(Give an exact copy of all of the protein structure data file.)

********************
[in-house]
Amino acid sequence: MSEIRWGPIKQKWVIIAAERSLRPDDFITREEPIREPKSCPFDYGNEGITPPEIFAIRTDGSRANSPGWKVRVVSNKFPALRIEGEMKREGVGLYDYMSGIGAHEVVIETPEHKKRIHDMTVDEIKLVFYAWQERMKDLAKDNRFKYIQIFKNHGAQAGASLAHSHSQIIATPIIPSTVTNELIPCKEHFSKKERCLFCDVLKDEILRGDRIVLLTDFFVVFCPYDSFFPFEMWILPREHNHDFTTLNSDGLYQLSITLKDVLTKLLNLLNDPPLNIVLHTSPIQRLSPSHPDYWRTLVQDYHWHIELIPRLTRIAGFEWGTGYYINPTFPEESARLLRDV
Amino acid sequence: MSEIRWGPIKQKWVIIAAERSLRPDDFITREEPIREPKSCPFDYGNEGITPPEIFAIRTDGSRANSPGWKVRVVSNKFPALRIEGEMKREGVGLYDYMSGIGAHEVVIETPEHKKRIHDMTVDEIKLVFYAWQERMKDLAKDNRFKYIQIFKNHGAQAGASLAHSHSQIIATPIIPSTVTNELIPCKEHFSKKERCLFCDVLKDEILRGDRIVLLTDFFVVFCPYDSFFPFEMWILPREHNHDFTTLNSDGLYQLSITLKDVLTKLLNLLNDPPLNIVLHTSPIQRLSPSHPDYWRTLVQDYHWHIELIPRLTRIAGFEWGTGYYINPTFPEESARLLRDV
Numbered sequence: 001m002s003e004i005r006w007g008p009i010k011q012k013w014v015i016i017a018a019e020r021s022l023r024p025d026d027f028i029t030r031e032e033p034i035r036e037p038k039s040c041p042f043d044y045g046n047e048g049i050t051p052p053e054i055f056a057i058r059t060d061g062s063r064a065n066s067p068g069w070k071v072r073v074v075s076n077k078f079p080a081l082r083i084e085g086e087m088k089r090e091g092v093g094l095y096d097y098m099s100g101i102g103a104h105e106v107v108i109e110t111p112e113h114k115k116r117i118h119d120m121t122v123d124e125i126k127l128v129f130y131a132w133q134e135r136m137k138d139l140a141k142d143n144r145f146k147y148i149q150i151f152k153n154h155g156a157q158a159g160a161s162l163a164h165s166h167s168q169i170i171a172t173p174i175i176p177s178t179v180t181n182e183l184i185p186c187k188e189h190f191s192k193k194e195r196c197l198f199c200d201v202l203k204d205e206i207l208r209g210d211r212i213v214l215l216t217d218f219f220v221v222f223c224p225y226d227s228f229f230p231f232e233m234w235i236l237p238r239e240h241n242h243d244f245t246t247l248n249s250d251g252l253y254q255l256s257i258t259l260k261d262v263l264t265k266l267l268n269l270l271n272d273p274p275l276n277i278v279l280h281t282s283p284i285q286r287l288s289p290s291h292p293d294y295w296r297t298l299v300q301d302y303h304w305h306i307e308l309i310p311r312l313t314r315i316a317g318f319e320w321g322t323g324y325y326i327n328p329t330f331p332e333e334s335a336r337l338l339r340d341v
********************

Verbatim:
[in-house]
Amino acid sequence: MSEIRWGPIKQKWVIIAAERSLRPDDFITREEPIREPKSCPFDYGNEGITPPEIFAIRTDGSRANSPGWKVRVVSNKFPALRIEGEMKREGVGLYDYMSGIGAHEVVIETPEHKKRIHDMTVDEIKLVFYAWQERMKDLAKDNRFKYIQIFKNHGAQAGASLAHSHSQIIATPIIPSTVTNELIPCKEHFSKKERCLFCDVLKDEILRGDRIVLLTDFFVVFCPYDSFFPFEMWILPREHNHDFTTLNSDGLYQLSITLKDVLTKLLNLLNDPPLNIVLHTSPIQRLSPSHPDYWRTLVQDYHWHIELIPRLTRIAGFEWGTGYYINPTFPEESARLLRDV
Amino acid sequence: MSEIRWGPIKQKWVIIAAERSLRPDDFITREEPIREPKSCPFDYGNEGITPPEIFAIRTDGSRANSPGWKVRVVSNKFPALRIEGEMKREGVGLYDYMSGIGAHEVVIETPEHKKRIHDMTVDEIKLVFYAWQERMKDLAKDNRFKYIQIFKNHGAQAGASLAHSHSQIIATPIIPSTVTNELIPCKEHFSKKERCLFCDVLKDEILRGDRIVLLTDFFVVFCPYDSFFPFEMWILPREHNHDFTTLNSDGLYQLSITLKDVLTKLLNLLNDPPLNIVLHTSPIQRLSPSHPDYWRTLVQDYHWHIELIPRLTRIAGFEWGTGYYINPTFPEESARLLRDV
Numbered sequence: 001m002s003e004i005r006w007g008p009i010k011q012k013w014v015i016i017a018a019e020r021s022l023r024p025d026d027f028i029t030r031e032e033p034i035r036e037p038k039s040c041p042f043d044y045g046n047e048g049i050t051p052p053e054i055f056a057i058r059t060d061g062s063r064a065n066s067p068g069w070k071v072r073v074v075s076n077k078f079p080a081l082r083i084e085g086e087m088k089r090e091g092v093g094l095y096d097y098m099s100g101i102g103a104h105e106v107v108i109e110t111p112e113h114k115k116r117i118h119d120m121t122v123d124e125i126k127l128v129f130y131a132w133q134e135r136m137k138d139l140a141k142d143n144r145f146k147y148i149q150i151f152k153n154h155g156a157q158a159g160a161s162l163a164h165s166h167s168q169i170i171a172t173p174i175i176p177s178t179v180t181n182e183l184i185p186c187k188e189h190f191s192k193k194e195r196c197l198f199c200d201v202l203k204d205e206i207l208r209g210d211r212i213v214l215l216t217d218f219f220v221v222f223c224p225y226d227s228f229f230p231f232e233m234w235i236l237p238r239e240h241n242h243d244f245t246t247l248n249s250d251g252l253y254q255l256s257i258t259l260k261d262v263l264t265k266l267l268n269l270l271n272d273p274p275l276n277i278v279l280h281t282s283p284i285q286r287l288s289p290s291h292p293d294y295w296r297t298l299v300q301d302y303h304w305h306i307e308l309i310p311r312l313t314r315i316a317g318f319e320w321g322t323g324y325y326i327n328p329t330f331p332e333e334s335a336r337l338l339r340d341v